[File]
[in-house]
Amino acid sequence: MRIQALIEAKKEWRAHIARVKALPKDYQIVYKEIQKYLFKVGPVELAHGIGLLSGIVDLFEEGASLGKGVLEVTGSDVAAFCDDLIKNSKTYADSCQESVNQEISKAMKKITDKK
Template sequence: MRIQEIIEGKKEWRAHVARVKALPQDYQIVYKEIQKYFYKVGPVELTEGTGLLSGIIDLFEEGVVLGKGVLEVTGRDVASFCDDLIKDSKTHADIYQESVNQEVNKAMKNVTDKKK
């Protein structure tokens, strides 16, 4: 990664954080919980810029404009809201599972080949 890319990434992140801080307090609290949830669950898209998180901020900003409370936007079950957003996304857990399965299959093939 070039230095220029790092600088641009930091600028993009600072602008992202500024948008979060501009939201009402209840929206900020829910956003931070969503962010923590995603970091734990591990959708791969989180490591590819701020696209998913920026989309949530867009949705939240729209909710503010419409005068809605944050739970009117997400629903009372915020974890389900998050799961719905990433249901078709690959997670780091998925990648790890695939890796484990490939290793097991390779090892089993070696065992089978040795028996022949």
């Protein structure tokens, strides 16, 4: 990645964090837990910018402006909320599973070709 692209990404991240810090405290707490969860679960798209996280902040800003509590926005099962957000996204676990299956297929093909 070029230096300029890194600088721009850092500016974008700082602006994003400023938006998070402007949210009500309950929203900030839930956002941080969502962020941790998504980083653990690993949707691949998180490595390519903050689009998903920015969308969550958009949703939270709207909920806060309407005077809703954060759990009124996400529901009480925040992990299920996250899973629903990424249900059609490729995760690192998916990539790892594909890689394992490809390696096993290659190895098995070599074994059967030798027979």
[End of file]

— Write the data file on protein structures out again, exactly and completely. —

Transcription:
[in-house]
Amino acid sequence: MRIQALIEAKKEWRAHIARVKALPKDYQIVYKEIQKYLFKVGPVELAHGIGLLSGIVDLFEEGASLGKGVLEVTGSDVAAFCDDLIKNSKTYADSCQESVNQEISKAMKKITDKK
Template sequence: MRIQEIIEGKKEWRAHVARVKALPQDYQIVYKEIQKYFYKVGPVELTEGTGLLSGIIDLFEEGVVLGKGVLEVTGRDVASFCDDLIKDSKTHADIYQESVNQEVNKAMKNVTDKKK
């Protein structure tokens, strides 16, 4: 990664954080919980810029404009809201599972080949 890319990434992140801080307090609290949830669950898209998180901020900003409370936007079950957003996304857990399965299959093939 070039230095220029790092600088641009930091600028993009600072602008992202500024948008979060501009939201009402209840929206900020829910956003931070969503962010923590995603970091734990591990959708791969989180490591590819701020696209998913920026989309949530867009949705939240729209909710503010419409005068809605944050739970009117997400629903009372915020974890389900998050799961719905990433249901078709690959997670780091998925990648790890695939890796484990490939290793097991390779090892089993070696065992089978040795028996022949």
């Protein structure tokens, strides 16, 4: 990645964090837990910018402006909320599973070709 692209990404991240810090405290707490969860679960798209996280902040800003509590926005099962957000996204676990299956297929093909 070029230096300029890194600088721009850092500016974008700082602006994003400023938006998070402007949210009500309950929203900030839930956002941080969502962020941790998504980083653990690993949707691949998180490595390519903050689009998903920015969308969550958009949703939270709207909920806060309407005077809703954060759990009124996400529901009480925040992990299920996250899973629903990424249900059609490729995760690192998916990539790892594909890689394992490809390696096993290659190895098995070599074994059967030798027979």